3. We have a lot of candidates who are way more qualified than you are.  Why should we hire you? I worked with a hiring manager who wanted to ask this question, in the same condescending, confrontational way, of every candidate.  He was part of the school of thought that said you should rattle people’s cages to “see what they’re made of.”  He was a jerk.  That said, there are lots of members of this same school of thought out there, so you should know that they sneer at everyone, not just you.  Don’t take it personally, and simply tell them why you are fabulous.  Then go home and consider whether you really want to work for someone like this, because in my experience their interview style is also their management style, and it’s not fun at all.
  4. If you were a cookie, what kind of cookie would you be? Seriously, someone asked me this once.  I said, “A smart cookie,” thinking I that since he was being funny, I would be a good sport and play along.  Nope.  Dude was serious.  My policy is to never work for anyone who bases their hiring decisions on these kinds of questions (whether it’s a cookie, a tree, an animal, a car, or the latest one I’ve heard about—a Muppet).  I don’t think there’s a “right” answer with these, because they’re just…too stupid.  I have no suggestions.  Sorry.

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{ 18 comments }

Kurt March 23, 2009 at 8:46 am

I could only hope to get asked the cookie question in an interview. That’s awesome. I’d be all ” An Oreo. And your mom is the creamy filling.” except I need a job so I would probably just say “Oreo.” and when they asked why I’d say “Diversity.”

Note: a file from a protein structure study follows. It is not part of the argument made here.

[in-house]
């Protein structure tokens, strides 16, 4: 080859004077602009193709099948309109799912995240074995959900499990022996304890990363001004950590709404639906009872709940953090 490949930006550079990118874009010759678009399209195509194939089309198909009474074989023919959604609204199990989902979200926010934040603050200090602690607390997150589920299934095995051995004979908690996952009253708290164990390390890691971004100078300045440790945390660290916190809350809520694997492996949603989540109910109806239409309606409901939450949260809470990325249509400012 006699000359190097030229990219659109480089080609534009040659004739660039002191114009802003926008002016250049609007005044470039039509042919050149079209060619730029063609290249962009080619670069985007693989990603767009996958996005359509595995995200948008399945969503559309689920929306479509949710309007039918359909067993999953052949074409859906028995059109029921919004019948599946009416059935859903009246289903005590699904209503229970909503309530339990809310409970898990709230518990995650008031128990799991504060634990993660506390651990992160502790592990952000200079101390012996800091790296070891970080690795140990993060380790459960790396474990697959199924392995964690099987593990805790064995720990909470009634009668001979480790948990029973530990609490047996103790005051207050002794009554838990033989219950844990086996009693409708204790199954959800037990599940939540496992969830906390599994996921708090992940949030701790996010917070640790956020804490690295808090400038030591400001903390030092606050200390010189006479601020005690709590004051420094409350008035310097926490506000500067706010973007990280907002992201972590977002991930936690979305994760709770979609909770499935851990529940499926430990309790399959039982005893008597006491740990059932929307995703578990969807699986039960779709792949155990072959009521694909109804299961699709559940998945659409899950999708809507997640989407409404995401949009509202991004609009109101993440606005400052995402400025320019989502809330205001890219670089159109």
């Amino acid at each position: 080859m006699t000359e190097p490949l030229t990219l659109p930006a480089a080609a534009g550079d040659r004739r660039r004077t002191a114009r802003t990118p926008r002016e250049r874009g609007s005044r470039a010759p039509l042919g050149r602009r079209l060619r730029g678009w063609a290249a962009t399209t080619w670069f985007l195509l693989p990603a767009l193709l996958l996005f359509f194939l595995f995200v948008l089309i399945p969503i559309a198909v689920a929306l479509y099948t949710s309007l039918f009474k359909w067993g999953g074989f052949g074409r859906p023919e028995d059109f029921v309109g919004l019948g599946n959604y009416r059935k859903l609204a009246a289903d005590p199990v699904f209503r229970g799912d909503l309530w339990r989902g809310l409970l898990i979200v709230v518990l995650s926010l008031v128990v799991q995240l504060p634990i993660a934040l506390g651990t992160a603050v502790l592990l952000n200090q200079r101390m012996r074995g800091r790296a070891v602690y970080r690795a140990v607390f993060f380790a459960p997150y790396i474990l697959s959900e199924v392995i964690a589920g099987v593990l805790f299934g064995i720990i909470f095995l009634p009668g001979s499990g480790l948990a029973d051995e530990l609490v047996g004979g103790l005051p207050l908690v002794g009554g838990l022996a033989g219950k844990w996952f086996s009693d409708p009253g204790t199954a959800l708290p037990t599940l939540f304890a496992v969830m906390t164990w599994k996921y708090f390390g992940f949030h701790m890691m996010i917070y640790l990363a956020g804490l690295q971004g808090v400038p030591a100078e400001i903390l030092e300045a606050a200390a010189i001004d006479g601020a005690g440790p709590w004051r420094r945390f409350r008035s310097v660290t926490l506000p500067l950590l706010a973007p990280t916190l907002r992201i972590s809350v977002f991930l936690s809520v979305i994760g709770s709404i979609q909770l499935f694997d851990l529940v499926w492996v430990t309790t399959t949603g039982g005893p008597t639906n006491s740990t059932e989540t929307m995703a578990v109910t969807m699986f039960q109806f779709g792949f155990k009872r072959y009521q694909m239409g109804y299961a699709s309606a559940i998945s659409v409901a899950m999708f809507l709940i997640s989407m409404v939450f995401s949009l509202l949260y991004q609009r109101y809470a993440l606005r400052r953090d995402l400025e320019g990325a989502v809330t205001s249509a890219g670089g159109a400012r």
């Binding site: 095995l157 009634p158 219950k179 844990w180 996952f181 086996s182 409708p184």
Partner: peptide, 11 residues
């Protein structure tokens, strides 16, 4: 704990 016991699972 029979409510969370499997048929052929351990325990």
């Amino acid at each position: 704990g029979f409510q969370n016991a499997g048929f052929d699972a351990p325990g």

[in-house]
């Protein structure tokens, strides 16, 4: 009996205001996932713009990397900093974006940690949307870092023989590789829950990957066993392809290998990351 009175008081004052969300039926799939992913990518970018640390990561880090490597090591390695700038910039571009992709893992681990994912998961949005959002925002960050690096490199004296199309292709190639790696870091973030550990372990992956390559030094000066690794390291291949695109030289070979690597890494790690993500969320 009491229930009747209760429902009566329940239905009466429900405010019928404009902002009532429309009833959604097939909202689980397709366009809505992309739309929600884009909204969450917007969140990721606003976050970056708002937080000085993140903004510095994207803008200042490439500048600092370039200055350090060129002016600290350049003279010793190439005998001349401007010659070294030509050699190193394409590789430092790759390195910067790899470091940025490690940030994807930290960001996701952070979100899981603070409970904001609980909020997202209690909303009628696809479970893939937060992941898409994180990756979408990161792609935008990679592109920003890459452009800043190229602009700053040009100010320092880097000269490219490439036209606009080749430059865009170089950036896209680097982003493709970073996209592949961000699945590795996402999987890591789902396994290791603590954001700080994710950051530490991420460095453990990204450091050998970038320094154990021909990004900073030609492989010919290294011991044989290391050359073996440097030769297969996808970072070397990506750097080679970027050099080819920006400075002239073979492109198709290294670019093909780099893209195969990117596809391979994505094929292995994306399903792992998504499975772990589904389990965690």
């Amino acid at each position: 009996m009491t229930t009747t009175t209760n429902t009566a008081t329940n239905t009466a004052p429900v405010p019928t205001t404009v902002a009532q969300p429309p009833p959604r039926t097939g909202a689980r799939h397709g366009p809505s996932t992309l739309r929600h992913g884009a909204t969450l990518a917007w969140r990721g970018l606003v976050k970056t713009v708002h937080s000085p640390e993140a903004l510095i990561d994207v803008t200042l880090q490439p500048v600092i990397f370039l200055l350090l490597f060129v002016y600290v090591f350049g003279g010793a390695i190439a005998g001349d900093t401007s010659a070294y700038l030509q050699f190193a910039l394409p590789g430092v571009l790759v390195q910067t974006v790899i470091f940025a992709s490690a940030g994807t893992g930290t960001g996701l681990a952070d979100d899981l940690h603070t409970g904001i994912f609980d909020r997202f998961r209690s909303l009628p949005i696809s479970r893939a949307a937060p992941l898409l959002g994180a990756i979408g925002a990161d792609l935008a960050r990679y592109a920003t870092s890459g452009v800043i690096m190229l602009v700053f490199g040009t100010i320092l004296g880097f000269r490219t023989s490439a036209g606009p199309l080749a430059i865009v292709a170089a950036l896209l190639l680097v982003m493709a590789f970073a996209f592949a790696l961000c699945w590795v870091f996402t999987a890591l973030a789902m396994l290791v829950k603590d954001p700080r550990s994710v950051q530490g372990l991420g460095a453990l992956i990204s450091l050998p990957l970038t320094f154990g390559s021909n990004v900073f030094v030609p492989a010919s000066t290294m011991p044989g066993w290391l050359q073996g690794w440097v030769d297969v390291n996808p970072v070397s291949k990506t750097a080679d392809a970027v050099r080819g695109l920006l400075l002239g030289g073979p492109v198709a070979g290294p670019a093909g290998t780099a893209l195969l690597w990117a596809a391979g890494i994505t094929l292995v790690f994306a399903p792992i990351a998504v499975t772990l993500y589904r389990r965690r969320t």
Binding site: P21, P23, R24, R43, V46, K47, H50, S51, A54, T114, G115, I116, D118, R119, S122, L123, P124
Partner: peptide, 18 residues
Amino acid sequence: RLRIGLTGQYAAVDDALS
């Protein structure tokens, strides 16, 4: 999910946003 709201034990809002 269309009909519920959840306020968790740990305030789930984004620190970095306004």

Kurt’s last blog post..Crocodile Head Car

abdpbt March 23, 2009 at 2:29 pm

Wow. Wow. I don’t know how to answer the cookie one. I really don’t know what he’s after there–maybe a mexican wedding cookie because nobody really wants them and I don’t want to be eaten? What would be a good answer to that question, I wonder? Anything without nuts?

The muppets is lame but at least you can see the personality more. I’d be one of the old men in the box seats on the balcony. No question.

abdpbt’s last blog post..17 Things They Call Me That Aren’t My Name

Ask a Manager March 23, 2009 at 6:37 pm

Love this post. And your answer to the weaknesses question is excellent (which maybe I think because it’s my answer too). I really do want to learn about a candidate’s weaker points because I want to make sure they don’t happen to be weaknesses that would be fatal for that particular job or the office culture or the manager they’ll be working with. And so many people refuse to be honest about it because all the job hunting guides tell them not to be. Those are the people who end up in jobs they’re not the right fit for.